Employment Outcomes of Community College Information Technology Students

Van Noy, Michelle; Trimble, Madeline Joy

Understanding the role of subbaccalaureate programs in preparing students for the workforce has become increasingly important, particularly in quickly changing fields that require well-trained technical workers, such as information technology (IT). To better understand the role of community colleges in educating IT workers, we examined two key issues: (1) students‘ employment outcomes by the type of community college IT preparation they complete, and (2) the type of employers that tend to hire community college IT students. Specifically, we analyzed data on students who were enrolled in an IT program at any Washington State community and technical college during the 2000-01 academic year and who completed their program or left college by the spring of the 2004-05 academic year. We examined information on students‘ course-taking in college and their employment before, during, and after their college enrollment. Our investigation of employment outcomes by type of community college preparation suggests that employers prefer workers with higher-level credentials. Of the four groups we analyzed, students with both an associate degree and a certificate in IT had the strongest employment outcomes in terms of likelihood of employment, hours worked, and earnings. They were followed by students with an IT associate degree, and then by students with an IT certificate. Students who earned no credential but concentrated their study in IT by completing four or more courses had the weakest employment outcomes, underscoring the importance of completing full programs and earning a credential. Compared with workers overall, IT students were more likely to work for medium sized employers. They were also more likely to be employed in temporary services and educational services industries. Our findings highlight the importance of community college efforts to engage with the full range of local employers as well as the potential need for different engagement strategies, depending on the employer.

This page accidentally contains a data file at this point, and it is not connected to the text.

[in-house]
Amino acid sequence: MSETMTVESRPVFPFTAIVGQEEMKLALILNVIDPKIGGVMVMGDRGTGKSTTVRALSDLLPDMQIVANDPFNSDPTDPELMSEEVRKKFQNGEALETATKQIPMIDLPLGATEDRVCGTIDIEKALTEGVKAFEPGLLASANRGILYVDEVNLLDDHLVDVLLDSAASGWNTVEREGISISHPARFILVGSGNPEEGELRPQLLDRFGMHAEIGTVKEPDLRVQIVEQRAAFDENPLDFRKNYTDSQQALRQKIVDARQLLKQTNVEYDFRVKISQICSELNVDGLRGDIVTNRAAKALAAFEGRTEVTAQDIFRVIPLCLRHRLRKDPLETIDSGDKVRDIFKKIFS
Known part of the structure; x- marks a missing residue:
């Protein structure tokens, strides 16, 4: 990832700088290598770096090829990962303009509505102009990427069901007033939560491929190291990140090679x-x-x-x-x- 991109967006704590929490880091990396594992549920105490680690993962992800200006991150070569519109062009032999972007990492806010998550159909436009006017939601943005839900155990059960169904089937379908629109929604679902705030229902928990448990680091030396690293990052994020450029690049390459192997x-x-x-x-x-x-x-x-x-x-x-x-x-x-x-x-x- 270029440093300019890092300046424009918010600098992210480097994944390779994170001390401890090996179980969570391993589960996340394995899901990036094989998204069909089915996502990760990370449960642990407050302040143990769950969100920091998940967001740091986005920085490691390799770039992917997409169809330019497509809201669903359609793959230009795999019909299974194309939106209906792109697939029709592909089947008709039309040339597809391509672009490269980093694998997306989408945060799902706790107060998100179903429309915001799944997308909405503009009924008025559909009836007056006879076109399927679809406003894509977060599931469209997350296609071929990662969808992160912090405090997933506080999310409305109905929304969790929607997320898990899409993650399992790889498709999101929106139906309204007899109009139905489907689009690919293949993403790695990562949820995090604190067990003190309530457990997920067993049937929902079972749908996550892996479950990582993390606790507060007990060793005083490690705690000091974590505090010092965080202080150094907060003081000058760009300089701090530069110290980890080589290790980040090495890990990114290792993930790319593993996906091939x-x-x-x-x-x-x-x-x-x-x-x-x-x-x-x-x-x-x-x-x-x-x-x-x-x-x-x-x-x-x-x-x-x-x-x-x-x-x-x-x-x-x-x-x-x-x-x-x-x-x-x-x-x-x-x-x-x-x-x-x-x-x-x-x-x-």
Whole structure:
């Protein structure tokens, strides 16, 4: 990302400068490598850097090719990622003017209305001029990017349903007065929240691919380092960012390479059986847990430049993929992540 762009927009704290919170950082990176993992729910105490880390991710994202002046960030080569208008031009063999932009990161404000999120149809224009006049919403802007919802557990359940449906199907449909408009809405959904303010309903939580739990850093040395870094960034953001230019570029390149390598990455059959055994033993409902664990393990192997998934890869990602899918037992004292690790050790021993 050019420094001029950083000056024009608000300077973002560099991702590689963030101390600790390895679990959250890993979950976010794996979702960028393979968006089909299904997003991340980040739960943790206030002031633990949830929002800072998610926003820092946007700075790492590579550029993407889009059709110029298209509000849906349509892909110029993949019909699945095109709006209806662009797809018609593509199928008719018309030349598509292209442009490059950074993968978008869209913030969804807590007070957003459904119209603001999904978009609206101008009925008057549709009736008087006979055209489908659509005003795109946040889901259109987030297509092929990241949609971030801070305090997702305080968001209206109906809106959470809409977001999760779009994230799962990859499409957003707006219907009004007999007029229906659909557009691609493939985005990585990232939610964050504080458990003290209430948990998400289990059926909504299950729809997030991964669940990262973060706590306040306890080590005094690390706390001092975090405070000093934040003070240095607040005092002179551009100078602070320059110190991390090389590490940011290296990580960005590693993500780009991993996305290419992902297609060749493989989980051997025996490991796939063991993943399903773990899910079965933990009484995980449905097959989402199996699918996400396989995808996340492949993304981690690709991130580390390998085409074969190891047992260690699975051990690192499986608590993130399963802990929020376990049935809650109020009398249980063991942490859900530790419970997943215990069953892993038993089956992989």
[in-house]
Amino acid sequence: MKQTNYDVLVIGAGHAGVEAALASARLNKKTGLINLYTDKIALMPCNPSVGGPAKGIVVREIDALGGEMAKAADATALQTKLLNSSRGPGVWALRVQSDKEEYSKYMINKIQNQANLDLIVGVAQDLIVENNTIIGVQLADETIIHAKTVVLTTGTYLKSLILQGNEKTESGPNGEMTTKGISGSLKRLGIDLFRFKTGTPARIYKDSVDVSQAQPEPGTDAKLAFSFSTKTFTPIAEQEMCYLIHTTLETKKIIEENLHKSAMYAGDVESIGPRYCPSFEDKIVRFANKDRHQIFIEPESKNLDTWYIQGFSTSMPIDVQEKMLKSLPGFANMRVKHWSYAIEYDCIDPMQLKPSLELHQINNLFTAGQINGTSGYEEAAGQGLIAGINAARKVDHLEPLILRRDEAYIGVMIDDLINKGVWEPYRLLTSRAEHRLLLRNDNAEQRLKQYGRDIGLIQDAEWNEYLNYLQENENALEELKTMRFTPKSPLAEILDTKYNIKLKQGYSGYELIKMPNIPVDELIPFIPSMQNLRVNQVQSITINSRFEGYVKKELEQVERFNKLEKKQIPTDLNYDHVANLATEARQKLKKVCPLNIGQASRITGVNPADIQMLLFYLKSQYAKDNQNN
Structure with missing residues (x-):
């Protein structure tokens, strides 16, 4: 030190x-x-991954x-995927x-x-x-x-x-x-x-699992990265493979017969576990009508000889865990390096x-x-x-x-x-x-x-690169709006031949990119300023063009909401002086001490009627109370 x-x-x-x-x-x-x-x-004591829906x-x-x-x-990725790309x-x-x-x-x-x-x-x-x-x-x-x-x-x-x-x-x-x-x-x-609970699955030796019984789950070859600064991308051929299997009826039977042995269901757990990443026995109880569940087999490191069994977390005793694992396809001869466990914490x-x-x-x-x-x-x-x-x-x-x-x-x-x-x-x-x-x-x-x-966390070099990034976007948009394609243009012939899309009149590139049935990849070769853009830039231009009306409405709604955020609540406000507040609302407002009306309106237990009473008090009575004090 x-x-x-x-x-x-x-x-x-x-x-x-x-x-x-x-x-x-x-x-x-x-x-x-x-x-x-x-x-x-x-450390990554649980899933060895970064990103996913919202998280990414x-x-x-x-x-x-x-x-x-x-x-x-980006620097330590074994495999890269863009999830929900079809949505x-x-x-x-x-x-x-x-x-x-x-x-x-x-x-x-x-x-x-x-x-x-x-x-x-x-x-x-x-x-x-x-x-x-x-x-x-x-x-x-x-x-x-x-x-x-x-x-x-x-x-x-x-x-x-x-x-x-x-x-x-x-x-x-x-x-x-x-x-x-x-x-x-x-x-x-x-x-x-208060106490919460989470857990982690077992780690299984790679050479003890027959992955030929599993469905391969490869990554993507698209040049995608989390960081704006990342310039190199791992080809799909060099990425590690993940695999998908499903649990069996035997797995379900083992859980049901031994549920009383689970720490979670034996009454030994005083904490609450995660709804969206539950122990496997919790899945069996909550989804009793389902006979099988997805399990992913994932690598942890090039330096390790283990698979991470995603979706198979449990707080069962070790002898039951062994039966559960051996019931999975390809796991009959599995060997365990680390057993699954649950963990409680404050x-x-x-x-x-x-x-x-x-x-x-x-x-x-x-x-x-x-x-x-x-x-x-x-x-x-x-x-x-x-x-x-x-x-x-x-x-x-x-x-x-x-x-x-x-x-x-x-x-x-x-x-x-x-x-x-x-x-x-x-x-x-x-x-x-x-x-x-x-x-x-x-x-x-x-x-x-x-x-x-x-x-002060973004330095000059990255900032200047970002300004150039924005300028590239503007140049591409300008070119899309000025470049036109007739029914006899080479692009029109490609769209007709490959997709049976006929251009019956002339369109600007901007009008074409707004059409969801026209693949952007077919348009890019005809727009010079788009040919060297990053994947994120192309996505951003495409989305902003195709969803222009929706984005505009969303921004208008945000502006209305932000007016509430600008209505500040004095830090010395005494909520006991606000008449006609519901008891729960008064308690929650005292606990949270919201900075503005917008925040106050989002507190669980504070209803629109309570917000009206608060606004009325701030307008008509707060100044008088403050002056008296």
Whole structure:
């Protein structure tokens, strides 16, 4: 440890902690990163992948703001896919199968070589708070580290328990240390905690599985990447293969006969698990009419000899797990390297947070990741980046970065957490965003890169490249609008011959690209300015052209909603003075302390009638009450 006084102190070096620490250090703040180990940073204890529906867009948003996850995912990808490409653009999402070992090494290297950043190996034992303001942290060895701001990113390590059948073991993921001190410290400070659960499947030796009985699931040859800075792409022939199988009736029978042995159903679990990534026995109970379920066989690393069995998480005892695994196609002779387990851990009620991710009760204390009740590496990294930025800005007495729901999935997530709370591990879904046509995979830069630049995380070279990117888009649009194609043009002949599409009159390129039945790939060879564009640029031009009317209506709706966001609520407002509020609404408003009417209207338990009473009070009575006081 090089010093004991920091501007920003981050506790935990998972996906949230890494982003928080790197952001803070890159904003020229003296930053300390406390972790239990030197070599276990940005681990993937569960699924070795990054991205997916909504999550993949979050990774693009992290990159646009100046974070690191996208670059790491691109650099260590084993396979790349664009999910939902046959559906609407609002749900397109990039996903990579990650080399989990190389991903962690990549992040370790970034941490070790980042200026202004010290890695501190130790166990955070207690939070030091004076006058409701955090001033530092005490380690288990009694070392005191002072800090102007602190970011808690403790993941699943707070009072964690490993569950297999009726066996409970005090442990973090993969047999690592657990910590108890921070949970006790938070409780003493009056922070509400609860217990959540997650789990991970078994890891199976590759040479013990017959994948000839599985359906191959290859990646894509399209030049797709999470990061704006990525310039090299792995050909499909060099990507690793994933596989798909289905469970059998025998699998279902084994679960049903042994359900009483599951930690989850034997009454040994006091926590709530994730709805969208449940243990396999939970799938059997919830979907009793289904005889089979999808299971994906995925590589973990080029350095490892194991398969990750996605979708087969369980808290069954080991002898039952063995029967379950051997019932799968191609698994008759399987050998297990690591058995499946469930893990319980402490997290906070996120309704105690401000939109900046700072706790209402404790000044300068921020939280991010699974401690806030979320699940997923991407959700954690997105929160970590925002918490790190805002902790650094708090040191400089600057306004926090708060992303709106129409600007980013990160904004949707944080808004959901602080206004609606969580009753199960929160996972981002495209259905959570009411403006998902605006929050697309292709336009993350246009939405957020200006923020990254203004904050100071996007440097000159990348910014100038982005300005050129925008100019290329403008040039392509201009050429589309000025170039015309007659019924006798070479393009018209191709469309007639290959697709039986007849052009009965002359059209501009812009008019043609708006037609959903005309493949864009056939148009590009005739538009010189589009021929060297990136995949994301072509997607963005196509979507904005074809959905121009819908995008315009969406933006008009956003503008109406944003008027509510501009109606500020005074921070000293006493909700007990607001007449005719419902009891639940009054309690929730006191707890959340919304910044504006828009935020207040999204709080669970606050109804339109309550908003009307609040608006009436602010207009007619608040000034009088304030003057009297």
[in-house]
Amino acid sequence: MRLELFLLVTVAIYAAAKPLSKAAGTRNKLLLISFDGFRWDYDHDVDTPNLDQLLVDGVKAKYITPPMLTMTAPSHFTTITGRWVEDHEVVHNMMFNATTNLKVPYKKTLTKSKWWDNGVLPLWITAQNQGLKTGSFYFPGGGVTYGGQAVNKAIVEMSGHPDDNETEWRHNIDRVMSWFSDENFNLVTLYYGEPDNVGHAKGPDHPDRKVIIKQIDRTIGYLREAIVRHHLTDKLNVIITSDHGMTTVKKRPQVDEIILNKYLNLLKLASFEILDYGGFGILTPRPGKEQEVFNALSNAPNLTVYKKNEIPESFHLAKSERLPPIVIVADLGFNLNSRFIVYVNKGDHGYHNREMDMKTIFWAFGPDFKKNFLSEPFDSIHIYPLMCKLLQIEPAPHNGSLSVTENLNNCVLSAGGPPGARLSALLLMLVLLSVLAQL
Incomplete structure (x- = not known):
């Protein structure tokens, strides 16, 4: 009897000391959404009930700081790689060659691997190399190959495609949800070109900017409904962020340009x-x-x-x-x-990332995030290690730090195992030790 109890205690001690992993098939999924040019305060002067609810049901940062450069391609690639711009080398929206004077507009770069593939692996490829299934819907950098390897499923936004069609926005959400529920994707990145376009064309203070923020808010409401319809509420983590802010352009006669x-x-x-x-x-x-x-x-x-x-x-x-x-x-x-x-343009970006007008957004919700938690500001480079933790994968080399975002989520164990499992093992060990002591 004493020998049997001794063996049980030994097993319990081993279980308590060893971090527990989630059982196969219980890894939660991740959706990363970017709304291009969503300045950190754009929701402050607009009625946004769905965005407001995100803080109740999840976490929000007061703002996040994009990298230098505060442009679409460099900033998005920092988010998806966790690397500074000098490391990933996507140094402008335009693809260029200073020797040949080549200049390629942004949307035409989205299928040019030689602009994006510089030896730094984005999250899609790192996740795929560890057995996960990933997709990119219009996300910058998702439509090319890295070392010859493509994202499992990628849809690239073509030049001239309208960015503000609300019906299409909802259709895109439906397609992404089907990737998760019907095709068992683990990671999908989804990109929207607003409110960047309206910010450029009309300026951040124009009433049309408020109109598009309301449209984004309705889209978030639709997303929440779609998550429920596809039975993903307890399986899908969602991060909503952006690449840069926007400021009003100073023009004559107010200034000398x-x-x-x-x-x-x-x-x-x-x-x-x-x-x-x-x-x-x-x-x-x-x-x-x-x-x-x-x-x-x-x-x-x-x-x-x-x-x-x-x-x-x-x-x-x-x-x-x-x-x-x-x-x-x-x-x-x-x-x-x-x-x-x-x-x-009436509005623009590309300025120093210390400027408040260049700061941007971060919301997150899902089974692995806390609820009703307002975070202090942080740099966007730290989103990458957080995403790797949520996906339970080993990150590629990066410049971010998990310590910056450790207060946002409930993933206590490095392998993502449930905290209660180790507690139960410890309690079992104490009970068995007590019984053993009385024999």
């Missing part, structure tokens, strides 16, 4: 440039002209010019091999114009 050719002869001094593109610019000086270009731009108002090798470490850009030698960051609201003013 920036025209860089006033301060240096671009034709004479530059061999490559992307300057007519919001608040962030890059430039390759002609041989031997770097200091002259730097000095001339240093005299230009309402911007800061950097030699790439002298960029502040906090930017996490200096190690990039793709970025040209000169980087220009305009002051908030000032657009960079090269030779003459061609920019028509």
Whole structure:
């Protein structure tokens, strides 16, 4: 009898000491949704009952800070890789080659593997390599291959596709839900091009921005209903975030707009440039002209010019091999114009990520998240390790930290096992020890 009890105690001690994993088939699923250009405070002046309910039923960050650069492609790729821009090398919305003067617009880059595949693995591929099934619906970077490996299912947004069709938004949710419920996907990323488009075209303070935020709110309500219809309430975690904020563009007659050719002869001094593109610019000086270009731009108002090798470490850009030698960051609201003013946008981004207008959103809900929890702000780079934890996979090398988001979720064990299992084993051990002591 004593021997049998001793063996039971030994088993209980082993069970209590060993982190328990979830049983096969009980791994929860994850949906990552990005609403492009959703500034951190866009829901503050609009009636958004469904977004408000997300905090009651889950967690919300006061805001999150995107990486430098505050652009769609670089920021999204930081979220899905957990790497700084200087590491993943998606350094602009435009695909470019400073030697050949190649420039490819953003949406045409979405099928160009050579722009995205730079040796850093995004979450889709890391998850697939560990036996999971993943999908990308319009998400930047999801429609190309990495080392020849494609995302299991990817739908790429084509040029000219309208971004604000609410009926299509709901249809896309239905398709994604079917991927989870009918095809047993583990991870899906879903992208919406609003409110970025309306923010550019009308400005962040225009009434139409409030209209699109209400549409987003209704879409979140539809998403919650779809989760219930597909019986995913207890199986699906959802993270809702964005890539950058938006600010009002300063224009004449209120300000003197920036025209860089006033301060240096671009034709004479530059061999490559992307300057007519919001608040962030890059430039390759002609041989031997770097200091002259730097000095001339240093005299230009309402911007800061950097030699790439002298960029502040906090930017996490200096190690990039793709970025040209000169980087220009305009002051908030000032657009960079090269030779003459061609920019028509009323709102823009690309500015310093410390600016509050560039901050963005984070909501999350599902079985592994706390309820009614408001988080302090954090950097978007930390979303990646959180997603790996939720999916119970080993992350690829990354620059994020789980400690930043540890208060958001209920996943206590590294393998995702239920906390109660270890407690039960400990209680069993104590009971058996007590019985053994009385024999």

More About This Work

Academic Units
Community College Research Center
Community College Research Center, Teachers College, Columbia University
CCRC Brief, 46
Published Here
March 19, 2012